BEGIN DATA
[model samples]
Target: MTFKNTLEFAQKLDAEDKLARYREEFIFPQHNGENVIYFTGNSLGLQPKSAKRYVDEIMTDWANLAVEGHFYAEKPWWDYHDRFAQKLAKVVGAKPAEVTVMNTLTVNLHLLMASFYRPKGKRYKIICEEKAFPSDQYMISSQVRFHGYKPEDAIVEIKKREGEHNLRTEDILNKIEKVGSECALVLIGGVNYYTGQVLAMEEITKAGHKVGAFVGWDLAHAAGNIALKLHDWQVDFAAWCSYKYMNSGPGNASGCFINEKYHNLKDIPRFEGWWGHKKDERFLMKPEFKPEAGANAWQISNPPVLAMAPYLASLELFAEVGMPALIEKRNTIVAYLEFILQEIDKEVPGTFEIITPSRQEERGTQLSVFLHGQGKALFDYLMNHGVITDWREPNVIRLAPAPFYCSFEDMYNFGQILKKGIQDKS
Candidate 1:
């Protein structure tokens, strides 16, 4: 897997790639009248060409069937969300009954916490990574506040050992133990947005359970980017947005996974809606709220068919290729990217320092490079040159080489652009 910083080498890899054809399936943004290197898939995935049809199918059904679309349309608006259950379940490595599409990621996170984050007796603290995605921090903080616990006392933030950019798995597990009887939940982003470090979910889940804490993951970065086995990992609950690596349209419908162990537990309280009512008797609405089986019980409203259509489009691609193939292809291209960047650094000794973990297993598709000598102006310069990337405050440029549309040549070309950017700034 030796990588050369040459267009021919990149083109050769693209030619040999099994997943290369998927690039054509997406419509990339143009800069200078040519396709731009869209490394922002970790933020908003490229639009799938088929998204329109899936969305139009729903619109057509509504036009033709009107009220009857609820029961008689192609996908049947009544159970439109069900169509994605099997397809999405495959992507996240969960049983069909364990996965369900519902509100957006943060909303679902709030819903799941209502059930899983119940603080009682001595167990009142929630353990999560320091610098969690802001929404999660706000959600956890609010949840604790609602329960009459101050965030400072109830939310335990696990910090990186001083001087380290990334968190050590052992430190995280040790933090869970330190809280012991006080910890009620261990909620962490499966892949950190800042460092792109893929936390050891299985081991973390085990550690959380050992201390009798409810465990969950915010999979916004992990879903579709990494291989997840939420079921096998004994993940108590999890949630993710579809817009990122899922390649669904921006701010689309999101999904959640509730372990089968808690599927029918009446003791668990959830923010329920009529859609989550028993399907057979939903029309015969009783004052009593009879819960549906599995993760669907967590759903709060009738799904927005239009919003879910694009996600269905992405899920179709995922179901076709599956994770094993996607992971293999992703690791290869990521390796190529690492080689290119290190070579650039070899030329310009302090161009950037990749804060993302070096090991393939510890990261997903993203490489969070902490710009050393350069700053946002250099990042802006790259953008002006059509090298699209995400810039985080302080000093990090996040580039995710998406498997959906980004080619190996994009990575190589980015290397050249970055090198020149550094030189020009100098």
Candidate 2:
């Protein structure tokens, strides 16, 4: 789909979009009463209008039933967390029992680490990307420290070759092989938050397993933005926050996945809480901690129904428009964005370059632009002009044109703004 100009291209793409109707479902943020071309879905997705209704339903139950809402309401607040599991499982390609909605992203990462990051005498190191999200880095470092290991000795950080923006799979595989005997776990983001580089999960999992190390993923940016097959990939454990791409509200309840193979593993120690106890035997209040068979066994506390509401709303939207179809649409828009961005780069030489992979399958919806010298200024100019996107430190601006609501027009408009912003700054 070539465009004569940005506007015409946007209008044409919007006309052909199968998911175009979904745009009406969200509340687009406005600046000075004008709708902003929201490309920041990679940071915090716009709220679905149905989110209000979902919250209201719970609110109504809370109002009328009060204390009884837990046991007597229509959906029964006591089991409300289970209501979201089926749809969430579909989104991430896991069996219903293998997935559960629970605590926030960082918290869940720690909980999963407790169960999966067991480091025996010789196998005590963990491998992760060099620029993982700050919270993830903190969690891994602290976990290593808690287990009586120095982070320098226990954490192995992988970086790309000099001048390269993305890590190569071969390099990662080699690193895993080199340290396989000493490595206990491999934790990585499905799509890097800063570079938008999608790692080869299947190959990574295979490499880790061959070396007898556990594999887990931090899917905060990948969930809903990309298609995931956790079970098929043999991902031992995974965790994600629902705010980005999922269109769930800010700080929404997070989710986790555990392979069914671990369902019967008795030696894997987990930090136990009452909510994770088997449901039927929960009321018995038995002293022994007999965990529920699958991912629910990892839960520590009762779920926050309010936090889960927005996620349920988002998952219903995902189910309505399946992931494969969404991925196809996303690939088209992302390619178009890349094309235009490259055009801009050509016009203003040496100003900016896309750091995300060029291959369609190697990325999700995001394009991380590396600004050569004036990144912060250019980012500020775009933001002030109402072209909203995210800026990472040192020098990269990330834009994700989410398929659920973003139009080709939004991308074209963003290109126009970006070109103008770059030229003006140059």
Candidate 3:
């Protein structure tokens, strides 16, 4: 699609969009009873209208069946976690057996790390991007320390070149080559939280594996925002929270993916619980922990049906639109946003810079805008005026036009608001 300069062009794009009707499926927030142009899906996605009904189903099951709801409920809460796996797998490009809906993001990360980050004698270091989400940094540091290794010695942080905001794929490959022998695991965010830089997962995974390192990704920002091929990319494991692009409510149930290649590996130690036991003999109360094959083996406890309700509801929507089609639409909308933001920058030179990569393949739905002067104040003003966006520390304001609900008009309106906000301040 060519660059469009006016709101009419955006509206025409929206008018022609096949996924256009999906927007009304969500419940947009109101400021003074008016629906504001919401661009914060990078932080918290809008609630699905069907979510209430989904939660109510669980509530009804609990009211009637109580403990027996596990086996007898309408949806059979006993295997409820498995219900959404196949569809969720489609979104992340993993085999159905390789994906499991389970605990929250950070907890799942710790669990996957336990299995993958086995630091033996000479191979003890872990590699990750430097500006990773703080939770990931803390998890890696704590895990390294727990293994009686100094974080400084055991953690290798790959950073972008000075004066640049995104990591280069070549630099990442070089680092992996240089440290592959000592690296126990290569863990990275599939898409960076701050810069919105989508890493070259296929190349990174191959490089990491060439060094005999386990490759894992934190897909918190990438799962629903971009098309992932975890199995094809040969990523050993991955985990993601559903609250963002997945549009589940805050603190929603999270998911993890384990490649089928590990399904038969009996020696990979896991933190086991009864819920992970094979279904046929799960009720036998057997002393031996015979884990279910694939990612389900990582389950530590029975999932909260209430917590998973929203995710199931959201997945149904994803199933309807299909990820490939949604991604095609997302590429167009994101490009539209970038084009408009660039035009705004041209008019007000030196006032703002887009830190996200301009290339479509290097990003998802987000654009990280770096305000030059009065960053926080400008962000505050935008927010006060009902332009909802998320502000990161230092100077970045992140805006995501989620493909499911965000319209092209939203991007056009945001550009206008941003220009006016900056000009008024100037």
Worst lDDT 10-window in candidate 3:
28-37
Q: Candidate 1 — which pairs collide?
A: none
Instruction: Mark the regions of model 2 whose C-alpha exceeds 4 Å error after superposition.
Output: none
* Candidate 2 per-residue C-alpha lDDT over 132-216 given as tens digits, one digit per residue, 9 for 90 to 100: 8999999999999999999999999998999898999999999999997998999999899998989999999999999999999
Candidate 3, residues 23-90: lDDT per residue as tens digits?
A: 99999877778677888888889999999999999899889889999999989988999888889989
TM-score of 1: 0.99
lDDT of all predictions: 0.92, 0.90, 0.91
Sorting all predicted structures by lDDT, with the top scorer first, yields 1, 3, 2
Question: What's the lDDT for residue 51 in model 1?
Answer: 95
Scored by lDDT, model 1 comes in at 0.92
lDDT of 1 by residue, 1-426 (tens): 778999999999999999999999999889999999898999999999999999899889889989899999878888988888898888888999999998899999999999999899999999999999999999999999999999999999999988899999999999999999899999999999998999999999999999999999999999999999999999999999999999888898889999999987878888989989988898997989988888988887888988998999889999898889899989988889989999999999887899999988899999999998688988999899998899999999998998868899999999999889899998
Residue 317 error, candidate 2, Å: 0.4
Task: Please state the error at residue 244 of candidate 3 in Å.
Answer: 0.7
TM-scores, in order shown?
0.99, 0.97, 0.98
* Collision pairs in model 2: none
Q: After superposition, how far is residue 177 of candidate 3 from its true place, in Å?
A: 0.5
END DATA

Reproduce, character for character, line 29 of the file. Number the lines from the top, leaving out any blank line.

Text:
0.99, 0.97, 0.98